Cowboy Christmas is a part of Rodeo Week in Las Vegas. (It’s actually 10 days). The National Rodeo finals and the associated events are a big production, bringing approximately 50 thousand people and 50 million dollars to the city, and there are five, count ‘em, five different merchandise expos during this time. The Las Vegas Convention Center, The Mandalay Bay Convention Center, The Sands Convention Center and the MGM Convention Center host the four largest gift fairs – more than a thousand exhibitors altogether - and we covered all of them. Along with, according to organizers, over 100,000 of our closest friends.

Even given all that activity, I would not recommend that the average artist attend looking for business unless you know what you are getting into – the dreaded Niche Market.

NICHE (adj.) 1. A distinct segment of the market having specific appeal: A niche market.

Niche markets are highly specialized market segments with a narrow demographic focus. Ethnic, Fantasy, Regional, Religion, Lifestyle and all its subsets, individual Sports, categories of Music (think Heavy Metal) are all examples, and there are of course many, many more. Tricky territory unless you know your subject and the participants well, therefore many artists and manufacturers avoid these segments like the plague. It is important to note however, that some of these markets can be huge, as shown in the cowboy/western example above. Niche participants tend to be loyal customers, so even when there appears to be ample opportunity be aware that it can be tough to displace the established players, and for that reason alone manufacturers are often hesitant to try anything (or sometimes anyone) new.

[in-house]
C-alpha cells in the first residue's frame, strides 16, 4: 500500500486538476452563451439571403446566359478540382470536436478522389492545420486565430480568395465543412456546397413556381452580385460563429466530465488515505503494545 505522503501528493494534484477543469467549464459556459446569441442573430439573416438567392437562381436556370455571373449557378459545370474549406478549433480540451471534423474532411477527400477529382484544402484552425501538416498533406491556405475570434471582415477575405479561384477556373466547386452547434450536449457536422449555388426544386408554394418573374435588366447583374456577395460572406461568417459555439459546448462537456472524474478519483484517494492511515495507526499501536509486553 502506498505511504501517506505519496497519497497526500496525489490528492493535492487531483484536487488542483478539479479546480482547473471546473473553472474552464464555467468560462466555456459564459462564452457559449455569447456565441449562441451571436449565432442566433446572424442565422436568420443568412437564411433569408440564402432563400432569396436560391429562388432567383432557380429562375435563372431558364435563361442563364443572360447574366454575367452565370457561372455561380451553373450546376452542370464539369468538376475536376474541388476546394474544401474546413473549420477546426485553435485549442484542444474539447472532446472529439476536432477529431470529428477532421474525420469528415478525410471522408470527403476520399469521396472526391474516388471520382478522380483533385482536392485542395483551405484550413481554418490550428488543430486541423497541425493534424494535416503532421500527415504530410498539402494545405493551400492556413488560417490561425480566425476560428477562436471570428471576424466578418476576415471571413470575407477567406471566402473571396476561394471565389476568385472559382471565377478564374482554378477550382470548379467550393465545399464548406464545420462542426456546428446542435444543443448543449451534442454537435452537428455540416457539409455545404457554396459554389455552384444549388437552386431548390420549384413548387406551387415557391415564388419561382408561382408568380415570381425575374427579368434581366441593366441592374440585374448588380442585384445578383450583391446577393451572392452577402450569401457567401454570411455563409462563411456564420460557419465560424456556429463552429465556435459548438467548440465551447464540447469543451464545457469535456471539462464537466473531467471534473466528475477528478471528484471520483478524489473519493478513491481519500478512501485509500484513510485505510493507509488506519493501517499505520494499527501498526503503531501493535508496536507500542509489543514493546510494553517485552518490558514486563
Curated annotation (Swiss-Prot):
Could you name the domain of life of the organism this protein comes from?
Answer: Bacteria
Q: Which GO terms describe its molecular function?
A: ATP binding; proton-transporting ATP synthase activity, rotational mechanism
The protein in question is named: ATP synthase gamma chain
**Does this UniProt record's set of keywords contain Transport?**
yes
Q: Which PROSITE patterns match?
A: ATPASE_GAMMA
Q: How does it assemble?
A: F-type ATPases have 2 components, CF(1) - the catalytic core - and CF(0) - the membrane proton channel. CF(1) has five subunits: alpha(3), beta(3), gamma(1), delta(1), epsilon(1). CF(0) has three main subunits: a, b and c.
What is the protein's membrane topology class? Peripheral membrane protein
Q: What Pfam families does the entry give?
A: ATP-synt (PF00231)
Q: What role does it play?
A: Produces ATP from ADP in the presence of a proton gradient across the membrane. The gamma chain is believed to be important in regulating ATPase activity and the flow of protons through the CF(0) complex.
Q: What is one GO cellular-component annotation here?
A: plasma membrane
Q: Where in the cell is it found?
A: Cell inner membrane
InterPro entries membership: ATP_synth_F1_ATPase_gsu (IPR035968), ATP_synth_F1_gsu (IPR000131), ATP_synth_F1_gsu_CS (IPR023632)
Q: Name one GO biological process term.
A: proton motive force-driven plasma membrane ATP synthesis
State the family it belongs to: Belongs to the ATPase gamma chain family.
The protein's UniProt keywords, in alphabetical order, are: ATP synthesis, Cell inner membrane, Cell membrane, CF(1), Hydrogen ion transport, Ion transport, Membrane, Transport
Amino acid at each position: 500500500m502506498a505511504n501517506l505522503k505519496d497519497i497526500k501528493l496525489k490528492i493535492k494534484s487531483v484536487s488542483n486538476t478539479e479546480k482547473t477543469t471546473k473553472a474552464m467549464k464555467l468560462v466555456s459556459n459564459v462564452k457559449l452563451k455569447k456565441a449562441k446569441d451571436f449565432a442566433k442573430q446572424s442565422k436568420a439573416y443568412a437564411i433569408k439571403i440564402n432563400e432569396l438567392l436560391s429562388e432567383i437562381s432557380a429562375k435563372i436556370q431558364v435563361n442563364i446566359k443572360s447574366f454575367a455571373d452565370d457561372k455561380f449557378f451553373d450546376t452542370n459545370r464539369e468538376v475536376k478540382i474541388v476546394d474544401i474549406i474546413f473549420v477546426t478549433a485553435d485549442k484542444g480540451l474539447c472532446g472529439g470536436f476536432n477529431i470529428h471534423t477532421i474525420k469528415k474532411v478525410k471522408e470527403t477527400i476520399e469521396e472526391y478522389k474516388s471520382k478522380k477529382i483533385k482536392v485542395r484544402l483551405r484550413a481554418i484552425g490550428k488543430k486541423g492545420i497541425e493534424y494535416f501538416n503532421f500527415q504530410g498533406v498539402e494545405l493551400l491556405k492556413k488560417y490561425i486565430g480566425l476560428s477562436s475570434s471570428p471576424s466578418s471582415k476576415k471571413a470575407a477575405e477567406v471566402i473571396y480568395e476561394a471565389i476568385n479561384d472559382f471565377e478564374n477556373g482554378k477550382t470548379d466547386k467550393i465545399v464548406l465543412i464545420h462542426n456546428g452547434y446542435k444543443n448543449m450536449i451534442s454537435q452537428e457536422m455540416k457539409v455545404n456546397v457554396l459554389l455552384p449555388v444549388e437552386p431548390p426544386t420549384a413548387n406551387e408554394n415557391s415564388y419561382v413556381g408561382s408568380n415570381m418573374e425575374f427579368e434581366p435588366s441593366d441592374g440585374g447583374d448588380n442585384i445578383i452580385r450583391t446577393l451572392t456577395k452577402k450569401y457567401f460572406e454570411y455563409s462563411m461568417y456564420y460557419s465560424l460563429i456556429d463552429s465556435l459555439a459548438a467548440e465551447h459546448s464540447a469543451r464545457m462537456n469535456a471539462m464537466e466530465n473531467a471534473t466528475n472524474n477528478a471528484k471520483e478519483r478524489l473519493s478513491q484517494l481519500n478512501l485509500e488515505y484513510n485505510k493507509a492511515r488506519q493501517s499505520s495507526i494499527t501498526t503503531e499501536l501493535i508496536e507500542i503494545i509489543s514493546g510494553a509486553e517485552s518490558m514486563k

Most individual niche markets change slowly if at all. The characteristics that define the niche also become the parameters within which you need to work. You are unlikely to blaze a trail with innovative new design, however there is always room for quality design that recognizably fits into the category. These types of markets can evolve, however – the “rock n roll cowgirl bling” look is but one example – but it doesn’t happen overnight.  Many times in these “lifestyle” markets the participants see the niche as part of their identity, so tread lightly with change because anything too far outside of the “rules” will be actively ignored.

Jody Bergsma, Guy Harvey, The Hautmans, Terry Redlin, Wyland - just a few of the recognizable names who have done very well in niche markets. Why not think about adding yours?

Sunday, November 25, 2012

The Real Opportunity

“The real opportunity, I think, is in trying to build longer arcs.”
- Seth Godin

Yesterday’s blog post by Seth (here) accurately hits a message we have been pushing to our artists for the last couple of years. The design cycle (time on market) has shortened while at the same time the number of competitors trying to place designs has increased. It may seem that a shorter use cycle would provide MORE opportunities to license, which is in some ways true, however winning the prize ain’t what it used to be. Shorter cycles also mean smaller sku quantities (no time to build a line) and less royalties (no time to build those either). And I would venture to say that any increase in need is being dwarfed by the increase in available art for licensing, so no help there. To succeed in this churn requires a steady supply of new, new, and new. You need to turn into a design machine and keep turning out more. This is one of the reasons that agencies do well – they can consistently offer a bigger selection of new designs, often in a variety of styles, in one sitting. It’s difficult to compete with that scenario but certainly not impossible, there are plenty of single artists who do quite well.